Main Street Parkville MO 1933 8x10
A 8" x 10" giclee reproduction of Main Street Parkville MO 1933 by Gale Stockwell.
In 1971, local artist Gale Stockwell was shown something quite extraordinary. One of his students hands him the box of a jigsaw puzzle that was of a painting he had done in 1933 of Main Street Parkville, Missouri. Stockwell’s student had a friend that picked up the puzzle in a gift shop while visiting Canada. She went on to point out something else spectacular, on the cover of the box it said it was from the National Collection of Fine Arts of the Smithsonian Institute, Washington, D.C.
During the Great Depression a new program was initiated called the Works Projects Administration. It was started to give artists a chance to earn money by producing paintings and sculptures of public buildings. Each artist could earn $30 to $50 per piece if it was found satisfactory. On completion of the painting, Stockwell turned it in and was paid $30. After that he didn’t see it again for almost forty years.
While investigating further he found out it was presently hanging in the Press Secretary’s Office of Richard Nixon’s White House. Once word of this rediscovery rang out, Parkville residents were talking about how to bring the painting back. As it turns out, Duncan Findlay a 1922 Park Alumnus and Trustee and close friend to Ed Cox, husband to Tricia Nixon persuaded his friend to investigate on getting the painting loaned to Parkville, which he was successful in doing. On May 17, 1973 the painting arrived.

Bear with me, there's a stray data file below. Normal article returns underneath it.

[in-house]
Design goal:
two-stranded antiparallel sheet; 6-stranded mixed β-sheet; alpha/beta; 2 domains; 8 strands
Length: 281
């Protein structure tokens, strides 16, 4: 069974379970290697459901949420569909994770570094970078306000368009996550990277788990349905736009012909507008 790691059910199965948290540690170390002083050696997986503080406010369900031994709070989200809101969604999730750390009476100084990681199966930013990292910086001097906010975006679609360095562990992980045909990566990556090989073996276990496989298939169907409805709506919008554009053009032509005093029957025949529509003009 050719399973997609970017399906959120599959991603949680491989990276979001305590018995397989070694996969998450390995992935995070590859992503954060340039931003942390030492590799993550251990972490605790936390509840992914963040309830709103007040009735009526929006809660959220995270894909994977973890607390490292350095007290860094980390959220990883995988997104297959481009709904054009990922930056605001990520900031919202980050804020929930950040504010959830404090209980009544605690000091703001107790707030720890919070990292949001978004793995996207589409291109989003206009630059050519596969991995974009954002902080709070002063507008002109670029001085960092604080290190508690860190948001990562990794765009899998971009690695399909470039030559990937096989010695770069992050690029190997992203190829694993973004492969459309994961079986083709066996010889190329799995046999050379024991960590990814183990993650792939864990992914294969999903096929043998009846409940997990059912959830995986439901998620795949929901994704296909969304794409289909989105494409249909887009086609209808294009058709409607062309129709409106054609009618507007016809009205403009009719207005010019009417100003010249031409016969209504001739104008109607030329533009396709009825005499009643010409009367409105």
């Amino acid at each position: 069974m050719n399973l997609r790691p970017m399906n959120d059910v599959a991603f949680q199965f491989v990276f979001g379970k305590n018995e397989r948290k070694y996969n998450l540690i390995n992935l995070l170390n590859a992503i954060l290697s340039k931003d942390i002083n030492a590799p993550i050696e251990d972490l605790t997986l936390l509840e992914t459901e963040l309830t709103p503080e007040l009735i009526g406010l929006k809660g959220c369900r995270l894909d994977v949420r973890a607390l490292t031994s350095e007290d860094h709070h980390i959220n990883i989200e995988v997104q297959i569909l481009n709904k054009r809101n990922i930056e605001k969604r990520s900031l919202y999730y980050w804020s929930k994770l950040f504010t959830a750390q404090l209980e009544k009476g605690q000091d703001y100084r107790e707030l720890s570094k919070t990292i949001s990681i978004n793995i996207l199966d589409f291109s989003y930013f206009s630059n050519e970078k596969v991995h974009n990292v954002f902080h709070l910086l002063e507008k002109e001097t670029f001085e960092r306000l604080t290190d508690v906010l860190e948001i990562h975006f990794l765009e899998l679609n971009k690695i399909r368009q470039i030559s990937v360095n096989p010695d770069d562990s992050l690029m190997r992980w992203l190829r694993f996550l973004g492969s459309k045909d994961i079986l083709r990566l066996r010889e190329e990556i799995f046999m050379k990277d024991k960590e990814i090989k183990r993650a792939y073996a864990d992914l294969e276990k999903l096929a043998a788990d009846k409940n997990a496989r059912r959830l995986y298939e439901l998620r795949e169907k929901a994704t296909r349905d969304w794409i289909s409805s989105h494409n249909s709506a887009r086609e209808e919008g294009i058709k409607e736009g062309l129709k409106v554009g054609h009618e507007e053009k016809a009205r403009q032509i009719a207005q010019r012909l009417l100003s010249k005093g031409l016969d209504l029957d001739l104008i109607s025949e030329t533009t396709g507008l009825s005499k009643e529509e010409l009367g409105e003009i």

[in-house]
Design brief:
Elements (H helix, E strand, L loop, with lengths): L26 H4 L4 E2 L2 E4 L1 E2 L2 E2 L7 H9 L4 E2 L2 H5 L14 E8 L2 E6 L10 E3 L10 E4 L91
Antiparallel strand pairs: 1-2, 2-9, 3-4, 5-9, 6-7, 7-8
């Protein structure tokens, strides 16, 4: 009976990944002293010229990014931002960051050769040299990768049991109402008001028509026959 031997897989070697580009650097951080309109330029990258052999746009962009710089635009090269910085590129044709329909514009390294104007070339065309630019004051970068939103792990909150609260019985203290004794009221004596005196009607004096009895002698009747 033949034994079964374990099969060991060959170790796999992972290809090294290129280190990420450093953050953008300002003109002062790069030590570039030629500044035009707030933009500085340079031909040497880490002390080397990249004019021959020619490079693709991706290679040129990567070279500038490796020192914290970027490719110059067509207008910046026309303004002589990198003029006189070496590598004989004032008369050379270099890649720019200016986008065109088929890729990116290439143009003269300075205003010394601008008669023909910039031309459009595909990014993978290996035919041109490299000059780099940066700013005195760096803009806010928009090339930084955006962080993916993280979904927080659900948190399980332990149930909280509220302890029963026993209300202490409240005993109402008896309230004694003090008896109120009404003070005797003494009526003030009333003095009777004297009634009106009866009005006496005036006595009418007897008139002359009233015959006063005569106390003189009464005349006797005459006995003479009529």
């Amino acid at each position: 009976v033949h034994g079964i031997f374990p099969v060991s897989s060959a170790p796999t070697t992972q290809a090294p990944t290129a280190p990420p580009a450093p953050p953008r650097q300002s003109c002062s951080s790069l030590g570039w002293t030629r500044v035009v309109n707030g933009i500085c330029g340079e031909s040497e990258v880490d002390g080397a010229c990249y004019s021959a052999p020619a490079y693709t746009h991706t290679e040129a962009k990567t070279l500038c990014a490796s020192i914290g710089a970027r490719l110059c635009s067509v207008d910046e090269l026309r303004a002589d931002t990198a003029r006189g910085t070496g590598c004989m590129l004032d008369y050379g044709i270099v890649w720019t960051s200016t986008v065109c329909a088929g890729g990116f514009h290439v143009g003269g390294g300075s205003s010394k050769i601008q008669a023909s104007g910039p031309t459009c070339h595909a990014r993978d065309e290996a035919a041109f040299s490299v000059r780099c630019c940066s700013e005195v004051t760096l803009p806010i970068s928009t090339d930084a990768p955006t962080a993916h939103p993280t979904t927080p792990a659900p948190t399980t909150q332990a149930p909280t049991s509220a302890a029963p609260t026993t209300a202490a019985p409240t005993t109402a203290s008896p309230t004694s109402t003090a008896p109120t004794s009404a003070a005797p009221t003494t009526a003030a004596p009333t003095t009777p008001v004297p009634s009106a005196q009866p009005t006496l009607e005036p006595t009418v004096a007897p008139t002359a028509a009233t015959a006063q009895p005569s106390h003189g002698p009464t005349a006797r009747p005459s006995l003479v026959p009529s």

To celebrate the Homecoming of Stockwell’s painting, Parkville and Park College, now Park University, held a festival including a parade with Gale Stockwell as Grand Marshal, arts and crafts booths, a carnival and street dance. Parkville Mayor Bill Latta proclaimed June 16, 1973 as “Main Street Parkville Day" beginning a tradition still carried on today known as…
*”Painting “missing” for nearly 40 years comes home to Parkville,” by Carolyn McHenry Elwess, ’71 Park University Archivist